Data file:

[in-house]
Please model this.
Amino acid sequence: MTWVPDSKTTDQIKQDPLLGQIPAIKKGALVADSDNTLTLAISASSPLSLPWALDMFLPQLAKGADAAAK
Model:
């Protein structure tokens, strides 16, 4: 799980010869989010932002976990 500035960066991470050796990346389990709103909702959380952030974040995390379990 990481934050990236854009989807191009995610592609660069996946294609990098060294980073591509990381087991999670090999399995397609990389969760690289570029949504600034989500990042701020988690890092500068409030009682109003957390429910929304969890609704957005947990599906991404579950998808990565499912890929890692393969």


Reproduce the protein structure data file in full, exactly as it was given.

[in-house]
Please model this.
Amino acid sequence: MTWVPDSKTTDQIKQDPLLGQIPAIKKGALVADSDNTLTLAISASSPLSLPWALDMFLPQLAKGADAAAK
Model:
């Protein structure tokens, strides 16, 4: 799980010869989010932002976990 500035960066991470050796990346389990709103909702959380952030974040995390379990 990481934050990236854009989807191009995610592609660069996946294609990098060294980073591509990381087991999670090999399995397609990389969760690289570029949504600034989500990042701020988690890092500068409030009682109003957390429910929304969890609704957005947990599906991404579950998808990565499912890929890692393969």